Bulls lose 27-point lead and game to Bucks


Nov 27

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Defeat isn’t a tragedy, though no one among the Bulls’ players was feeling particularly sanguine Monday about a 27-point third quarter lead at home that turned into an inexplicable 93-92 loss to the Milwaukee Bucks.

“I’m stunned by simple fact that we have a 25 point lead (even he didn’t know it was worse) and the way we defend we never expect a team to make a run like that,” said Richard Hamilton, who had 30 points, his most as a Bull, and sat afterward for almost a half hour in front of his locker in his game uniform in an unusually funereal scene. “And (to) especially play harder than us in the fourth quarter.”

But a Bucks group of all reserves coach Scott Skiles rode for all of the last 15 minutes and most of a 31-4 turnaround run from midway through the third quarter to early in the fourth stuffed and stymied a stunned group of basically all Bulls starters who played virtually the entire second half.

“We were very loose with the lead at the end of the third quarter,” acknowledged Bulls coach Tom Thibodeau of the 10-2 close in the last 2:29 of the third that pivoted the game. “That game changed in four to five minutes of the third and the first two of the fourth and we couldn’t stop it.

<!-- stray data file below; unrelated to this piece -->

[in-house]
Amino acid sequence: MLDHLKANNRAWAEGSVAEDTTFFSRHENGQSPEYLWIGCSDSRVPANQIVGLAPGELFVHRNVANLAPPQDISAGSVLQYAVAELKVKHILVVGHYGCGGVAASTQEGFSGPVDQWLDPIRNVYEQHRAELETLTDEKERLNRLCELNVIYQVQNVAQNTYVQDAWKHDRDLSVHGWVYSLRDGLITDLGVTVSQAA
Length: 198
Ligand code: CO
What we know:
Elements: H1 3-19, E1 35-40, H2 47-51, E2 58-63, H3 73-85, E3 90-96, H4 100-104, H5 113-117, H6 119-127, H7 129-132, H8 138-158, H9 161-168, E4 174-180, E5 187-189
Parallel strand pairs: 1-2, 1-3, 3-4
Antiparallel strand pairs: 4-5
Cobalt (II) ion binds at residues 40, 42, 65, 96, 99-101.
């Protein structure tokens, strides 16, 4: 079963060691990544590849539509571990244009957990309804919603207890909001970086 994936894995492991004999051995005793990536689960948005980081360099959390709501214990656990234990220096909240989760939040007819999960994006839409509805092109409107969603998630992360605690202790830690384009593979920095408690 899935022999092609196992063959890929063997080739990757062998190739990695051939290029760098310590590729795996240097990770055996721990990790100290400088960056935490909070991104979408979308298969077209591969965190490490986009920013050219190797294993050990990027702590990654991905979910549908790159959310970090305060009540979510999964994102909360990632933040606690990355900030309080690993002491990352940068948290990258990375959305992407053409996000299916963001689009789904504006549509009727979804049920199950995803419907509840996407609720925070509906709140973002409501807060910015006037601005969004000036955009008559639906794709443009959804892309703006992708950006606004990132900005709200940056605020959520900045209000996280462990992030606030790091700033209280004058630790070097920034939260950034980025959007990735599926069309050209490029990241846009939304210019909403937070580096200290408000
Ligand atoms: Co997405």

Richard Hamilton“We couldn’t get stops, couldn’t get to the free throw line,” noted Thibodeau. “We had 15 free throws in the first half, four in the second half. They had 12 blocked shots. It can happen fast. You can lose 10 points in an NBA game in a minute. Everyone says that doesn’t happen, but you see it all the time. If you don’t play tough with a lead this is what happens.”

And if you don’t respond quickly to this kind of thing you can begin losing a season.

This is one that can leave a mark.

The Bulls knew there would be hurdles they haven’t had to master for several years with Derrick Rose out. This is one giant one, reminiscent of the 35-point lost lead to the Kings in Vinny Del Negro’s final season as coach that led to a shakeup. That, like this, will stand out as one of the worst losses in franchise history, in part because it happened at home and to a Bulls team still with competitive beliefs.

This wasn’t a 50-point loss in the Tim Floyd era when you only speculated on the margin of defeat. This is a team that many believe could still win the Central Division and be a playoff contender even without Rose.